Reading an expert’s opinion on the retail business as, "It is a great time to be Wal-Mart," the temptation is great to say the same about food manufacturing by declaring, "It is a great time to be a food manufacturer." In both instances, "great" needs qualification, since the current times provide little basis for satisfaction, much less elation, for anyone experiencing the recession-prone global economy. Yet, like the world’s largest retail chain and its marketing strategies uniquely positioned to do well in the face of a global downturn, no other industrial or agricultural sector is better situated than food manufacturing not just to weather the current troubles, but also to do well when so many other businesses are suffering setbacks that threaten their futures.
Hardly anything affirms this opinion more powerfully than the way that food manufacturing has never been seriously mentioned among the sectors needing special assistance from the federal government. As the bail-out targets seems to be broadening with each passing week, the food industry should be grateful that its underpinnings are strong enough and its margins good enough to mean that it does not even have to worry about federal intervention. That is very different from the situation ruling during the Great Depression of the 1930s, an era that is often cited as analogous to what is now occurring around the world, when the agricultural and food industry, along with banks, became the centerpiece of the economic lifeline cast by the administration of President Franklin Roosevelt.
How different that is from the current transition from President George W. Bush to President-elect Barack Obama in two weeks’ time. Indeed, it seems likely that no one in the old or new administrations is even paying much, if any, attention to food-related issues. Yet, it may even be a good guess that the new president, at his inauguration, or soon after, will point to food and agriculture as a source of bedrock strength at this particularly trying time in the American and global economy. If he has any part of the economy to be grateful for, this is it. Only about half a year earlier, soaring food prices might have been considered a highly worrying factor in sapping consumer purchasing power. Comparisons could have been made with sky-high gasoline and fuel prices as an indirect and burdensome tax on purchasing power. Those worries have faded on the food side largely because of the way that farmers, encouraged by the marketing and manufacturing sectors, responded to prices in expanding production enough to ease price pressure.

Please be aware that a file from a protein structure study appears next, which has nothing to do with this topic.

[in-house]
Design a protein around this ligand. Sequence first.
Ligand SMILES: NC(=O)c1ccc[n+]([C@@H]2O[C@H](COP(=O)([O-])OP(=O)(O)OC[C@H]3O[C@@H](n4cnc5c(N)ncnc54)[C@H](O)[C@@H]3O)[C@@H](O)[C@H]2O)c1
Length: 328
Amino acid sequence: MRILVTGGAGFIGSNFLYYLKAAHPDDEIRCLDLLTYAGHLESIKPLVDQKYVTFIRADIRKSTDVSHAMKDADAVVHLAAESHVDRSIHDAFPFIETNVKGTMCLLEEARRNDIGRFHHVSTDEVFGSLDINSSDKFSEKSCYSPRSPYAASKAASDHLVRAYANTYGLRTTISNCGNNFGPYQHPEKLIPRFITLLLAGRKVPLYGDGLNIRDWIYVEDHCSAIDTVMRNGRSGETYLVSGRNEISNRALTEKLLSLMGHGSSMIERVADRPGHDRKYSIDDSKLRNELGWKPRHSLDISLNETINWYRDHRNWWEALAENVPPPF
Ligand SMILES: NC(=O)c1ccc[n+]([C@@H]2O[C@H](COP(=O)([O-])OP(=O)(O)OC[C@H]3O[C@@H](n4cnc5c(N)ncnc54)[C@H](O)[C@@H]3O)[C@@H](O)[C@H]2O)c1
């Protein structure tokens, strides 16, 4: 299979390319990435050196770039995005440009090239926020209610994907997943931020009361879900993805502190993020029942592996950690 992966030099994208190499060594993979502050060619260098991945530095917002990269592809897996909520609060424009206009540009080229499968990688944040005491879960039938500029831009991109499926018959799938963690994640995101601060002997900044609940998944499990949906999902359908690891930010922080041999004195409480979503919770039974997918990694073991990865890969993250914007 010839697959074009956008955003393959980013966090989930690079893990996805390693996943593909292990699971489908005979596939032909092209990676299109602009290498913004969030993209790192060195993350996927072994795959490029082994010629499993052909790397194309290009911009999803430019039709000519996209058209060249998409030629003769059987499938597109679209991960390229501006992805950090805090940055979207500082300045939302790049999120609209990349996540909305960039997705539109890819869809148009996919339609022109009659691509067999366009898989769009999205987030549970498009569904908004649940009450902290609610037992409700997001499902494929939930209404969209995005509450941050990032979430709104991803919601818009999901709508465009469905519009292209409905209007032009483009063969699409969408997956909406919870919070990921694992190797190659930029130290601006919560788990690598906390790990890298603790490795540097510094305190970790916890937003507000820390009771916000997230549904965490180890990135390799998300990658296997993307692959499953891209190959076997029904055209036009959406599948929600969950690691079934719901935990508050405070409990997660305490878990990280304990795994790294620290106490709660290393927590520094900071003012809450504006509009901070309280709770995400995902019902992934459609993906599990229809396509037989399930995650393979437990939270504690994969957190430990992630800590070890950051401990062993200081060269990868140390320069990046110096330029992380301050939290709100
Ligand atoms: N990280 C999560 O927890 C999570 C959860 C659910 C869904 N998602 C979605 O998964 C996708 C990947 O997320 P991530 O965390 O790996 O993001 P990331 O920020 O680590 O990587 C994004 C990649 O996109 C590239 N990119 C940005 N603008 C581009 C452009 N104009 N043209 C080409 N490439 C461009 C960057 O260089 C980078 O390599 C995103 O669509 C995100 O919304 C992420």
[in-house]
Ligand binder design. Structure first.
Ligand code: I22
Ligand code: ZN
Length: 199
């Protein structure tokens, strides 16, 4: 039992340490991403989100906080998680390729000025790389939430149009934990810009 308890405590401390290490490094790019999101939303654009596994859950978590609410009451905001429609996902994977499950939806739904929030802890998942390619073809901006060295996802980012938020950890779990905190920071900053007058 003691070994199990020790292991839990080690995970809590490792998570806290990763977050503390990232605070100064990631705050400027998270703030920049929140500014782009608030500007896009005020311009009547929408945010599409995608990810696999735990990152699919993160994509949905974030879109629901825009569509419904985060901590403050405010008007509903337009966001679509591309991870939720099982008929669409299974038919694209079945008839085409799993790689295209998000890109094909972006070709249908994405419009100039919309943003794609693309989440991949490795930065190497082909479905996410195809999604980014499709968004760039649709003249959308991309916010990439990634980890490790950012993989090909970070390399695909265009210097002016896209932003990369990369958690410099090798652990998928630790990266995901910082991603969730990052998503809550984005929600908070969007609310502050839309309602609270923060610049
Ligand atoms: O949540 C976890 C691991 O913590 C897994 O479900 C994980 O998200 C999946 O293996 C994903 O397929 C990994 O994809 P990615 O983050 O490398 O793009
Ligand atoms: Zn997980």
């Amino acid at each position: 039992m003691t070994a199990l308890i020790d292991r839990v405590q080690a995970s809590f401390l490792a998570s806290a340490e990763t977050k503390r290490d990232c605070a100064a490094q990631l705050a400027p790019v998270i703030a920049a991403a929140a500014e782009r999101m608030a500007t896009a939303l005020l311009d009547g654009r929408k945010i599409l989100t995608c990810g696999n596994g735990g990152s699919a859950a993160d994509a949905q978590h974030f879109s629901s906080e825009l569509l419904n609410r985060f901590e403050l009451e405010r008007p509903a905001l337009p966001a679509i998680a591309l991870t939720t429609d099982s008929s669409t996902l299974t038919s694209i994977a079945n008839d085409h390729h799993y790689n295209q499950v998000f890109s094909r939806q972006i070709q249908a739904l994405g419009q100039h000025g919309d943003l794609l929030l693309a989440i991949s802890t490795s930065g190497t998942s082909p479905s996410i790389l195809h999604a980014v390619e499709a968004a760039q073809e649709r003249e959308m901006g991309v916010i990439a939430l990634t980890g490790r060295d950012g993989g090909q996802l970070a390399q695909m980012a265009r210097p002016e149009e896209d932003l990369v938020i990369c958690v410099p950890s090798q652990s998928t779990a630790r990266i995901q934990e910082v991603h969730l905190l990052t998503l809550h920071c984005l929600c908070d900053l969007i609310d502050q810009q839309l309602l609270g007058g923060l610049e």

In contrast to the breakdowns, to the ill-conceived financial engineering, to the absence of skilled management that might be blamed for the severe financial turmoil, the food industry stands as a beacon of efficiency and of intelligent responses to the current travail. Thanks to their proven ability to deal with fast-moving and wildly gyrating markets, food manufacturers know that they must be prepared for unimagined events and emergencies. In reality, it could be said that no industry came face-to-face with this business downturn better prepared than the food industry, which had experienced its own sort of hell in the preceding year. The credit tightness that is a root cause of the overall economic slowdown has had its impact on the food industry, but here, too, the effect has been much less severe than endured by other businesses that were not as ready as food manufacturing for dealing with a worldwide recession.
Even while issues directly of concern to the food industry probably will not even reach the agenda of the Obama administration in its opening weeks and months, the industry needs to maintain a watch on how it will be affected by actions taken in an effort to move swiftly to reverse the course of the economy. Many issues that might seem remote or beyond the purview of food manufacturing may suddenly become matters of urgent concern as detailed plans evolve. Much needs addressing in areas of food safety and regulation, as it does in obvious areas like taxes and regulations dealing with unions and employees. Important questions are being asked about the way the new president will address global trade matters where his views expressed in the past have been among his most troubling economic stances.
Even as strong as food manufacturing is, especially in comparison to many other industries, even as optimistic as the most seasoned observer of food wants to be about how the industry will fare in the year that is just beginning, sight must not be lost of the reality of the global turmoil that is all about. Food manufacturing has an edge, perhaps a stronger position than it has ever had. This is strikingly evidenced by the relative strength of publicly-listed food companies amidst the collapse of global equity markets. Yet, the industry, having experienced earlier in 2008 searing cost advances, must now use its advantages to strengthen companies and strategies. In many ways, but mainly by acting wisely, the food industry has an excellent chance to be the leading light in helping turn and then to lead the American and global economy to a better day.
This article can also be found in the digital edition of Food Business News, January 6, 2009, starting on Page 6. Click